RE-BLOG KEITH JOHNSON: CentrePort Proposals to Scour Wellington Berths and Dredge Wellington Harbour Mouth need proper Multi-Criteria Appraisal


By Keith Johnson

While road transport increasingly grinds to a halt in Wellington and road rage is becoming common, partly consequent on Wellington City Council’s dog-in-the-manger approach to investment in roads, the Bigger is Better philosophy is receiving ringing endorsement from local authorities with respect to the aviation and maritime shipping industries.

Much has been published on this website about Wellington International Airport’s Runway Extension Project – including an article by Dr Sea Rotmann which draws attention to the massive contribution of air travel worldwide to CO2 emissions. Maritime transport is also a major emitter.

In this respect, Wellington Regional Council should be insisting upon a proper Multi-Criteria Assessment of the proposed dredging of Wellington Harbour by CentrePort.

A Multi-Criteria Assessment would cover all dimensions of a major public investment:

  1. Cost-Benefit Analysis [including the Business Case]
  2. Economic Impacts
  3. Environmental and Safety Impacts
  4. Social and Distributional Impacts

With the whole to be concluded with an over-arching summary of redlines and trade-offs.

Looking at the current situation, the parallels between the CentrePort proposal and the Runway Extension Project are very interesting:

  • Doubts about financial viability
  • Optimistic multiplier-based ‘economic’ rather than business case justification
  • Concern over who will eventually pay [ferry customers, GWC ratepayers] etc.
  • Environmental concerns

The one glaring difference is that Wellington ratepayers are not being asked to pay directly in the case of the Port.


Viability of Log Traffic growth as a major driver [with its associated road transport issues]

The silt is potentially toxic:

The cost could be anywhere between $20 million and $40 million:

The proposal could have adverse effects on recreational and commercial fishing, the recreational use of Wellington Harbour and artesian water pressure and purity in Eastbourne:

Wellingtonians will pay through their rate contributions to the Greater Wellington Council and possibly also through higher ferry fares to and from the South Island:

Any possible relationship between the dumping of silt and its migration towards the unstable deep sea submarine canyons in Cook Strait seems unconsidered:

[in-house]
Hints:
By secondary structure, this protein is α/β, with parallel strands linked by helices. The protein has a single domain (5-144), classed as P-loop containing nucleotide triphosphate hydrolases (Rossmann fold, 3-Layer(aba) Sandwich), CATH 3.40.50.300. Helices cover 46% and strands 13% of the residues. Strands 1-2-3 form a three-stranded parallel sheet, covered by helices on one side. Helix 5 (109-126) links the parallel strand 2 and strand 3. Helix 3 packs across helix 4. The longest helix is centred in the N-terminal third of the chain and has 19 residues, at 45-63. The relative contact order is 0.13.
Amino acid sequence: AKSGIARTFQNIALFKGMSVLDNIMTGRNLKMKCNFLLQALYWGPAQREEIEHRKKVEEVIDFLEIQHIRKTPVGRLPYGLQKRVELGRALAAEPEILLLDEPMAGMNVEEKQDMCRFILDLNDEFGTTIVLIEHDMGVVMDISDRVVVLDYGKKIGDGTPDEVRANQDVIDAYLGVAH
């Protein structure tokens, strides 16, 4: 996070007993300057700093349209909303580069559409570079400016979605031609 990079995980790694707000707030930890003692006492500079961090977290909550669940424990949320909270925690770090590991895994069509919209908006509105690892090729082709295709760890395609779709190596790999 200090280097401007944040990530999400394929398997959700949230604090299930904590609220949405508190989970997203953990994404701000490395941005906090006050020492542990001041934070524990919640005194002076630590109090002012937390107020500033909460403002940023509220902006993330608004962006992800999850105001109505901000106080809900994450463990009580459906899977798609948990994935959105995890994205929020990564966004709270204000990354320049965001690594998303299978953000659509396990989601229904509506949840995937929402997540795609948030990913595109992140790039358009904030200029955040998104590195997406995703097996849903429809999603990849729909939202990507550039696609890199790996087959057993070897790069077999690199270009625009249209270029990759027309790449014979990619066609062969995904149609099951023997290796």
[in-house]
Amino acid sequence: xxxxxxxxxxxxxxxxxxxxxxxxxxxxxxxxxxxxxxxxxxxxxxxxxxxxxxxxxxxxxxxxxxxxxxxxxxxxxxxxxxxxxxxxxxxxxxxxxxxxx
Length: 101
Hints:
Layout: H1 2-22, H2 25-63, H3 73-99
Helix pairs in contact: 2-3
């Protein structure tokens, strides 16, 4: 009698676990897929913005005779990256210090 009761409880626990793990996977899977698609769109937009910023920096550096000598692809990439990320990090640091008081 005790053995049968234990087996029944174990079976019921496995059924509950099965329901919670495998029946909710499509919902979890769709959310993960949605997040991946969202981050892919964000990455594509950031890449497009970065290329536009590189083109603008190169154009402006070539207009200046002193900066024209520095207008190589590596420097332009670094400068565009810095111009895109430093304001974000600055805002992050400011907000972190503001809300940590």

Plus a couple of challenges on ‘shifting sands’ by ‘Old Saltie’ Jim Mikoz:

Dredging, dumping, and the moving river of shingle


Why Centreport’s dumping sites are in the wrong places

CentrePort’s Channel Deepening Project

CentrePort is applying for consents to deepen the harbour to allow for ships with draughts of up to 14.5metres at the harbour entrance and the Thorndon Container Wharf.

These consents would provide CentrePort the flexibility to dredge in one stage or a series of stages, allowing the port to deepen the channel only as required, in response to the size of ships actually visiting New Zealand.

An extensive optimisation exercise was undertaken to identify the most cost effective design delivering the least amount of dredging for the best operational outcome.

As Wellington is a naturally deep harbour, no deepening is required in the main harbour basin and the overall volume proposed to be removed is less than at other ports to achieve the same outcomes.

At the harbour entrance consents are being sought that would allow the port to remove up to 6.0 million cubic metres of seabed sediment.

The proposed disposal site is off Fitzroy Bay, in water approximately 50 metres deep.  This site is a refinement of the existing consented disposal area.

The main container berth and northern approach at Thorndon Container Wharf would also be deepened, with placement of that material, up to 270,000 cubic metres, in deeper water near the berth.

Alternatives for disposal have, and will continue to be considered [hopefully].


  1. I am strongly opposed to Centreport’s dredging idea and wish to make a submission against their proposal. The link to the fillable submission form in the second line of this article is coming up with details of the Airport lengthening project. Could you kindly update the link so I can move forward with a submission?


    1. Hi Bob,
      Thanks for your interest and willingness to take action. The Centrepoint dredging project hasn’t entered public notification yet, and so formal submissions aren’t open. Keep an eye out, we’ll definitely be posting about it when it’s time to take action.
      The alert message at the top of the page is site-wide and focused on the runway extension, as it is in a critical stage where we have a limited amount of time to make submissions before the proposal is referred to the environment court. I’ve updated the wording to make things clearer.
      If you oppose the Centrepoint dredging project, you will likely find many similarities in the problems and issues surrounding the runway extension , including limited research into the impacts and dangers, overstatement of potential benefits, and a ‘build it and they will come’ attitude. Please consider filing a submission on the runway extension as well.


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